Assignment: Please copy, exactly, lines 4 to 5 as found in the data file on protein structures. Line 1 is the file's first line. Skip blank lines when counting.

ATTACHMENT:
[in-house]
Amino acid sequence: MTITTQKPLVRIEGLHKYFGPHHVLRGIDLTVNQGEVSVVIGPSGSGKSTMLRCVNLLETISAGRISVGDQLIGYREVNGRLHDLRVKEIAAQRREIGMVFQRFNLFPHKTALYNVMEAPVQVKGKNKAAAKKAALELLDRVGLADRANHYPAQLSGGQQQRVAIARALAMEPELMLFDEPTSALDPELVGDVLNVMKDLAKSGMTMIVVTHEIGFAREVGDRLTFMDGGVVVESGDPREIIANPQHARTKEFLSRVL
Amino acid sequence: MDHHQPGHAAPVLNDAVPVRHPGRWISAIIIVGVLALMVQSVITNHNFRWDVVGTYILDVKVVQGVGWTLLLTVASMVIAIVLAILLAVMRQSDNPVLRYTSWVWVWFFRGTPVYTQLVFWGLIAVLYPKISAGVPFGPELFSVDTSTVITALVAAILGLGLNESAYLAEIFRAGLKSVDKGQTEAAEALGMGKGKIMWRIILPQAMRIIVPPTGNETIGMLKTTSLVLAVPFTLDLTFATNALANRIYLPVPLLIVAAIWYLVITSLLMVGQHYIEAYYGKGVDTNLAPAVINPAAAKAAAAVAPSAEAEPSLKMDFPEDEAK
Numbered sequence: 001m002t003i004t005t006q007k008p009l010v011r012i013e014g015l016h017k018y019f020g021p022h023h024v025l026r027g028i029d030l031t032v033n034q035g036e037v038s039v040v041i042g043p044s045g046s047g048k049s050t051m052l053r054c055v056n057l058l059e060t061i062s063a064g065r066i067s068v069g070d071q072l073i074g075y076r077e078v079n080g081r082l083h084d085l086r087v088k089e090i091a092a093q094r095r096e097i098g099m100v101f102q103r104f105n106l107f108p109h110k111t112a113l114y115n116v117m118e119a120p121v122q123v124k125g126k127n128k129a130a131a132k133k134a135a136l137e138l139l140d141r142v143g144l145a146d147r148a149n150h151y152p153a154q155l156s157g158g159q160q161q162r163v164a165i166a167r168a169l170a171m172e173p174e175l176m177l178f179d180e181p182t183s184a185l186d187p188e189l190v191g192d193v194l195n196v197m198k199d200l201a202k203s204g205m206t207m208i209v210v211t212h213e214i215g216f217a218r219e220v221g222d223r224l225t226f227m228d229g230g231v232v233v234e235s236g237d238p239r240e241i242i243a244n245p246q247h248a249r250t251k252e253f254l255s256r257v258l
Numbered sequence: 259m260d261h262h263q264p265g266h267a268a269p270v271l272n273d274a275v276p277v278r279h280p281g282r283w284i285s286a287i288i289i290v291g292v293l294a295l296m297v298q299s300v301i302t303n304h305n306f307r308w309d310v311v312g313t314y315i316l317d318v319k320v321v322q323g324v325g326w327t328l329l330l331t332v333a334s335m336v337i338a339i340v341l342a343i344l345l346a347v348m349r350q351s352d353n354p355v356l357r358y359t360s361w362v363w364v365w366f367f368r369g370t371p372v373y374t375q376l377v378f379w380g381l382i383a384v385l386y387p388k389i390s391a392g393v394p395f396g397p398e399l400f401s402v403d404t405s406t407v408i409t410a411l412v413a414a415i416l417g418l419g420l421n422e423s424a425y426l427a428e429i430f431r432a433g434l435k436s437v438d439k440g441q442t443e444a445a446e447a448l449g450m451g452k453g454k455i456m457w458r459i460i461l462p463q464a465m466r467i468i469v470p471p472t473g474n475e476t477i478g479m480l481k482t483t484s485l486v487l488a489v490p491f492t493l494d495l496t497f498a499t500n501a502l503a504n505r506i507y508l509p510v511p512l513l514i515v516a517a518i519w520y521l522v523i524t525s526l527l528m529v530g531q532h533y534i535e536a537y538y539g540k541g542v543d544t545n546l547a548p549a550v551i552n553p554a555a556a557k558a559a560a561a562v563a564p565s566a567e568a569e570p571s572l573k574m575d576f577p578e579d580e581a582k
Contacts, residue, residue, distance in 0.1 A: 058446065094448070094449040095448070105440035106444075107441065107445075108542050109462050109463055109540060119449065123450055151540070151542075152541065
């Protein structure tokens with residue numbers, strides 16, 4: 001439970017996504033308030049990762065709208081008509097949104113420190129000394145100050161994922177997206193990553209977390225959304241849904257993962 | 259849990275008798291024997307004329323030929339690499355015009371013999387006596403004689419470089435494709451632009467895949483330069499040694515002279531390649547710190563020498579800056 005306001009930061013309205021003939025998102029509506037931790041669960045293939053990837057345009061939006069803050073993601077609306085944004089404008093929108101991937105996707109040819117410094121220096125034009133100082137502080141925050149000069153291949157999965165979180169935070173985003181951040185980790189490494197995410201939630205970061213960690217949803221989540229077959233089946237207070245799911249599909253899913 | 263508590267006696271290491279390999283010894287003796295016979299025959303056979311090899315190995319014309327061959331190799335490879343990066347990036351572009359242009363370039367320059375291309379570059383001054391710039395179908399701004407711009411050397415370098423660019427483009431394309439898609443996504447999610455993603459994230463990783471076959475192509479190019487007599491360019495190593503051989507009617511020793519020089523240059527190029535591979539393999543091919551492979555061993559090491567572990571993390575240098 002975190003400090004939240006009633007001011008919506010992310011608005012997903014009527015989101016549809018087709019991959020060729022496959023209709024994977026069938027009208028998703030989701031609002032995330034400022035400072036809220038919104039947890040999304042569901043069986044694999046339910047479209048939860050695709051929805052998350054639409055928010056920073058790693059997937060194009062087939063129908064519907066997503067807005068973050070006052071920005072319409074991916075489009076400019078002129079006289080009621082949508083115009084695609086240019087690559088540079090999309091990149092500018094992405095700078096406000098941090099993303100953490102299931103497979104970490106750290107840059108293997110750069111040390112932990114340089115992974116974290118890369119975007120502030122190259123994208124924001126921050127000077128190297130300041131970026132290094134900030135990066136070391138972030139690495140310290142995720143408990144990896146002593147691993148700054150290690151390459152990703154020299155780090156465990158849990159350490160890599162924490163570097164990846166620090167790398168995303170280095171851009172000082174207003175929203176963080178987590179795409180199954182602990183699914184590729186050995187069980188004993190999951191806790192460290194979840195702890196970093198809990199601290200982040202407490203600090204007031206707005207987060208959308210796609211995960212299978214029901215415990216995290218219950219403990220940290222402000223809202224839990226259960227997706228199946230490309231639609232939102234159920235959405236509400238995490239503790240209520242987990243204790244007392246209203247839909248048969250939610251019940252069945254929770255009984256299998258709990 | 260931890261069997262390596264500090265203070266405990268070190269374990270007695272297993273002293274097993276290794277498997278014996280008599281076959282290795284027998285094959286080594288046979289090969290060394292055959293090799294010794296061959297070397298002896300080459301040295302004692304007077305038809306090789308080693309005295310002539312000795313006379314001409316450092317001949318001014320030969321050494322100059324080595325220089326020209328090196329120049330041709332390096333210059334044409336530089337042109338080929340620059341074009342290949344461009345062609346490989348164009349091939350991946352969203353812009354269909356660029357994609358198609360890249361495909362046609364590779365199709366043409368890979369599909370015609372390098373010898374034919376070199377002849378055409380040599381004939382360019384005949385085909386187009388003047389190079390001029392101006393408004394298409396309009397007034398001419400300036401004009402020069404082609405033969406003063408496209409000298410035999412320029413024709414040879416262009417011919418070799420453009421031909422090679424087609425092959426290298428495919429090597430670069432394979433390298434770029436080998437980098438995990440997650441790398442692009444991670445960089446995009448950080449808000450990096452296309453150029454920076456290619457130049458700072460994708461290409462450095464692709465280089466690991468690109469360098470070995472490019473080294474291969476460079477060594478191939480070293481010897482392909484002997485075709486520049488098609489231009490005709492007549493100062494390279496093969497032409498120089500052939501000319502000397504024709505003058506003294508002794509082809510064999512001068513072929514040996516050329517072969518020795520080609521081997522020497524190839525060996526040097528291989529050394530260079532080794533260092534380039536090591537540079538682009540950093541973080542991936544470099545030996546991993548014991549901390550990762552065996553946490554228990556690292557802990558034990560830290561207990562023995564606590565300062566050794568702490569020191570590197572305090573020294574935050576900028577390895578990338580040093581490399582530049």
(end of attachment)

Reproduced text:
Numbered sequence: 001m002t003i004t005t006q007k008p009l010v011r012i013e014g015l016h017k018y019f020g021p022h023h024v025l026r027g028i029d030l031t032v033n034q035g036e037v038s039v040v041i042g043p044s045g046s047g048k049s050t051m052l053r054c055v056n057l058l059e060t061i062s063a064g065r066i067s068v069g070d071q072l073i074g075y076r077e078v079n080g081r082l083h084d085l086r087v088k089e090i091a092a093q094r095r096e097i098g099m100v101f102q103r104f105n106l107f108p109h110k111t112a113l114y115n116v117m118e119a120p121v122q123v124k125g126k127n128k129a130a131a132k133k134a135a136l137e138l139l140d141r142v143g144l145a146d147r148a149n150h151y152p153a154q155l156s157g158g159q160q161q162r163v164a165i166a167r168a169l170a171m172e173p174e175l176m177l178f179d180e181p182t183s184a185l186d187p188e189l190v191g192d193v194l195n196v197m198k199d200l201a202k203s204g205m206t207m208i209v210v211t212h213e214i215g216f217a218r219e220v221g222d223r224l225t226f227m228d229g230g231v232v233v234e235s236g237d238p239r240e241i242i243a244n245p246q247h248a249r250t251k252e253f254l255s256r257v258l
Numbered sequence: 259m260d261h262h263q264p265g266h267a268a269p270v271l272n273d274a275v276p277v278r279h280p281g282r283w284i285s286a287i288i289i290v291g292v293l294a295l296m297v298q299s300v301i302t303n304h305n306f307r308w309d310v311v312g313t314y315i316l317d318v319k320v321v322q323g324v325g326w327t328l329l330l331t332v333a334s335m336v337i338a339i340v341l342a343i344l345l346a347v348m349r350q351s352d353n354p355v356l357r358y359t360s361w362v363w364v365w366f367f368r369g370t371p372v373y374t375q376l377v378f379w380g381l382i383a384v385l386y387p388k389i390s391a392g393v394p395f396g397p398e399l400f401s402v403d404t405s406t407v408i409t410a411l412v413a414a415i416l417g418l419g420l421n422e423s424a425y426l427a428e429i430f431r432a433g434l435k436s437v438d439k440g441q442t443e444a445a446e447a448l449g450m451g452k453g454k455i456m457w458r459i460i461l462p463q464a465m466r467i468i469v470p471p472t473g474n475e476t477i478g479m480l481k482t483t484s485l486v487l488a489v490p491f492t493l494d495l496t497f498a499t500n501a502l503a504n505r506i507y508l509p510v511p512l513l514i515v516a517a518i519w520y521l522v523i524t525s526l527l528m529v530g531q532h533y534i535e536a537y538y539g540k541g542v543d544t545n546l547a548p549a550v551i552n553p554a555a556a557k558a559a560a561a562v563a564p565s566a567e568a569e570p571s572l573k574m575d576f577p578e579d580e581a582k